The Soothsayer’s Talon – a trip down memory lane

The first bizarre magic piece I ever produced was called the Soothsayer’s Talon back in 2002. I picked up an old grouse claw kilt pin in an antique store and it sat in a box for about two years before I figured out what to do with it. The inspiration eventually came when I purchased one of the brilliant “Hand of Cleopatra” effects by Tony Lackner.
The method is not the same as the Hand of Cleo. I subsequently discovered some years later that the method I used was in fact not unique and had already been done by Tenyo in their Eye of the Idol effect. I went on to produce several iterations of the effect with the final version seeing the claw suspended beneath an occult looking glass case.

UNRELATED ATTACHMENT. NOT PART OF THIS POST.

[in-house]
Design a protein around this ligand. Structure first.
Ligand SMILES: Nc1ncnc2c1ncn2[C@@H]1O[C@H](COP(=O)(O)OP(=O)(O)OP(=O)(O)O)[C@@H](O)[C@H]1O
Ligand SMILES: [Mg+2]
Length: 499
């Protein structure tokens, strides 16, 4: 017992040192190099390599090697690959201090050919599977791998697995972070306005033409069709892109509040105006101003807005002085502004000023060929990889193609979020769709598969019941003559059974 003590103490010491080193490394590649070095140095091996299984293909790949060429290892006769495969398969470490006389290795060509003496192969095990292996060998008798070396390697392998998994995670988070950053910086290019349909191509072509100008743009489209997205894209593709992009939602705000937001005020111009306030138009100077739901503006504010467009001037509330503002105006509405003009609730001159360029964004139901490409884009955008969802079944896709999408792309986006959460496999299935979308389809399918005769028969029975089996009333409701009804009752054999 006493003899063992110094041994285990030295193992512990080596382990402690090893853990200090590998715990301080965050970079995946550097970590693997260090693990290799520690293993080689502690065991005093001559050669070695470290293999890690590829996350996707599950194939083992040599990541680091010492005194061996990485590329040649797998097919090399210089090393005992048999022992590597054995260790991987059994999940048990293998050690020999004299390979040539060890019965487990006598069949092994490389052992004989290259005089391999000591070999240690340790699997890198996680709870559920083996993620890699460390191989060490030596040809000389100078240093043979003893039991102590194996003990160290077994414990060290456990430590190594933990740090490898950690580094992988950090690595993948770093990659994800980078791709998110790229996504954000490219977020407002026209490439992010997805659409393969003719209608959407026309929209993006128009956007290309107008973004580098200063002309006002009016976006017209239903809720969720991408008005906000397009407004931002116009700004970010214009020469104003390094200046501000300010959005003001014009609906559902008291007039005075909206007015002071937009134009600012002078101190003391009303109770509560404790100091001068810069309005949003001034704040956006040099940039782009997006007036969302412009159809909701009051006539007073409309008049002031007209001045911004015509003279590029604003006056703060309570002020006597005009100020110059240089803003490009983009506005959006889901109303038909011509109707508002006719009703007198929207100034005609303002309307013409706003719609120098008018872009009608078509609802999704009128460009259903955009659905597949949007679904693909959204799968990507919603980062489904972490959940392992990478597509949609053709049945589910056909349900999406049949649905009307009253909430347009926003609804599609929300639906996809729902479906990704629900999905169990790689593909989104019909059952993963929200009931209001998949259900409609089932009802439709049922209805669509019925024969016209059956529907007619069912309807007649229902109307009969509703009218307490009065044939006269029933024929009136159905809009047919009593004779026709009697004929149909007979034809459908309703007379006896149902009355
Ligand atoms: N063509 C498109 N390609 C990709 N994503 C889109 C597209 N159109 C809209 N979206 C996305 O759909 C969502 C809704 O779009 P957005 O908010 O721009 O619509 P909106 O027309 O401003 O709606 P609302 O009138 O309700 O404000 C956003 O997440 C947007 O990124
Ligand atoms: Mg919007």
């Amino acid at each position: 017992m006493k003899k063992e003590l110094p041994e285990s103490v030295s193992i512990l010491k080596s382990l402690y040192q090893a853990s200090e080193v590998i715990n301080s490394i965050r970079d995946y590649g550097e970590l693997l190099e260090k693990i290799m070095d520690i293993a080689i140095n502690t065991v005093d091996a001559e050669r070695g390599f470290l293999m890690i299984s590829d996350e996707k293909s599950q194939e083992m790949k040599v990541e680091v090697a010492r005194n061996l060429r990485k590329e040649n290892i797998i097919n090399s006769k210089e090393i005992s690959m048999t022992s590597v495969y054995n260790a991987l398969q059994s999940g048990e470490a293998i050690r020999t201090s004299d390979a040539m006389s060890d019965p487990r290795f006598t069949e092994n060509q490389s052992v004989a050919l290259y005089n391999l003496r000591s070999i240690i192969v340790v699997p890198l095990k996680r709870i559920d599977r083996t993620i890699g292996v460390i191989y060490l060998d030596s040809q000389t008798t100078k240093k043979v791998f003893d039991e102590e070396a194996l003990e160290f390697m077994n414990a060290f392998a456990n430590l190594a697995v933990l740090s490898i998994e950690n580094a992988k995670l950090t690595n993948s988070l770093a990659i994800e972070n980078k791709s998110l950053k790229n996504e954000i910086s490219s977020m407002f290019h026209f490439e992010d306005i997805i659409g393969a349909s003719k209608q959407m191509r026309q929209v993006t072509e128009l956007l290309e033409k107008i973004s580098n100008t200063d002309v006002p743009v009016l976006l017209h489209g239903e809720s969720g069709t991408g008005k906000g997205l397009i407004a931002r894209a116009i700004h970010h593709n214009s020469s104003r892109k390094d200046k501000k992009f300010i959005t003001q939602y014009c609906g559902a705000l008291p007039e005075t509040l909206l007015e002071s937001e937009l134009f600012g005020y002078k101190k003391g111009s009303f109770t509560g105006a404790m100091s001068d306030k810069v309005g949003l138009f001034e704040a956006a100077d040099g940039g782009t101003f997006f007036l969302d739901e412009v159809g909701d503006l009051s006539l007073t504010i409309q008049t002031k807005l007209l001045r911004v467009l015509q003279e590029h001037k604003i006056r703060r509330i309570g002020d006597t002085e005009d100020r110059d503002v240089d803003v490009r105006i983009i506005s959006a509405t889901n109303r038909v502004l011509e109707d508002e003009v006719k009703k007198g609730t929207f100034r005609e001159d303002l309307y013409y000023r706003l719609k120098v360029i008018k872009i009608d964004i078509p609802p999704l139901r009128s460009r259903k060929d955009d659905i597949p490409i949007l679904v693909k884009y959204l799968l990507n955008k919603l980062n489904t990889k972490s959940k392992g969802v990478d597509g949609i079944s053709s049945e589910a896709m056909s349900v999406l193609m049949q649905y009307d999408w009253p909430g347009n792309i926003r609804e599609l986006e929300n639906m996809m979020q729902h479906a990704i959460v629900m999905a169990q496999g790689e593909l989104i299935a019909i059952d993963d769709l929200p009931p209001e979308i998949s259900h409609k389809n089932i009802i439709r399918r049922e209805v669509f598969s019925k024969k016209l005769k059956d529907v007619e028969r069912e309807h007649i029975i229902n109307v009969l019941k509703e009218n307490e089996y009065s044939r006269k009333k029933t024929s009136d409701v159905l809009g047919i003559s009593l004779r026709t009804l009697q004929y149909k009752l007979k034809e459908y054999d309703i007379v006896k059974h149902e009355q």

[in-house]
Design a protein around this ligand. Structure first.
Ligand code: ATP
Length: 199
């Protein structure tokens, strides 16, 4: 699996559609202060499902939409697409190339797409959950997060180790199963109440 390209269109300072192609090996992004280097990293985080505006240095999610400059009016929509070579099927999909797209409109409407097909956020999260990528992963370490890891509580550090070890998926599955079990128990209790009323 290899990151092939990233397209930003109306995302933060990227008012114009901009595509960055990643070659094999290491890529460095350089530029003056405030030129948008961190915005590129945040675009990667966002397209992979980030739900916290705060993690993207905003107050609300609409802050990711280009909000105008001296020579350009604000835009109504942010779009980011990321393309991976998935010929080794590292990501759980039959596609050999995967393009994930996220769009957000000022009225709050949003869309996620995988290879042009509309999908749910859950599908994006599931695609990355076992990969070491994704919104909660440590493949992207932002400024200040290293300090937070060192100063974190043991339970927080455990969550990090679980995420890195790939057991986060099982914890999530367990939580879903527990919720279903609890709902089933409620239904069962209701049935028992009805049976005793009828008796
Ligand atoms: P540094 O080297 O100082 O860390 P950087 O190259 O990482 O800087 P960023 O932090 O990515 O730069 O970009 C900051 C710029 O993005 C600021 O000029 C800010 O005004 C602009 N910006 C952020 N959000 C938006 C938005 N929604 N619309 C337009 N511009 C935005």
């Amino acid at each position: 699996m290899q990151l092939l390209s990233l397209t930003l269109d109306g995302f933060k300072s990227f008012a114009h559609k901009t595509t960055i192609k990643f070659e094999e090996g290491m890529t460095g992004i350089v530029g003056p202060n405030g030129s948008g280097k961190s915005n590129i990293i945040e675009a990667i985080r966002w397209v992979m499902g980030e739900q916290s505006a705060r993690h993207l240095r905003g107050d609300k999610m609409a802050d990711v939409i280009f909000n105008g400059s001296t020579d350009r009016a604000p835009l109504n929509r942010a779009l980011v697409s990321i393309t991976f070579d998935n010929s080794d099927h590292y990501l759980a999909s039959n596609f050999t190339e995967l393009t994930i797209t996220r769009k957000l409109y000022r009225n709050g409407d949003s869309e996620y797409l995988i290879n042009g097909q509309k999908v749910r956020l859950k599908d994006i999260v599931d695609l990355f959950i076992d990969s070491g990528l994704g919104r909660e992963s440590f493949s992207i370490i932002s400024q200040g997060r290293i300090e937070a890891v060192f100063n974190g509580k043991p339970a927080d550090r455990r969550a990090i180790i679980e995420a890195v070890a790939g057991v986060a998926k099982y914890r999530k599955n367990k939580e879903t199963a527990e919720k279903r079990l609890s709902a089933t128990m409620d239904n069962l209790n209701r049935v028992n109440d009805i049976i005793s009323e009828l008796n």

In my first version the spectator selects an object (a rune, gemstone etc) and the claw turns eerily to point at that object. In the final version, the claw was used on a small ouija board and would answer questions (generally yes/no responses)
The storyline in the final version:
The magician produces a strange glass pentagon places it upon the table.“The object before you is believed to have once belonged to one of the greatest Celtic soothsayers of the 16th Century, one Richard Napier, the warlock of Oxford.”
Napier had a penchant for magick from a very early age, with a particular talent for divination and fortune telling. The magician directs attention to the small claw suspended in the center of the glass cage. “The warlock is said to have endowed powers of divination in the talon of a grouse”
“The magick must take place within the confines of the glass cage. This is to protect all who witness the powers of Napier”The glass cage is set upon the mystical Ouija board on its wooden platform.The spectators are allowed to ask one or two questions. Mysteriously the talon turns of its own accord and points to the yes or no points on the board.“
“The Soothsayer’s talon has spoken. Go in peace now.”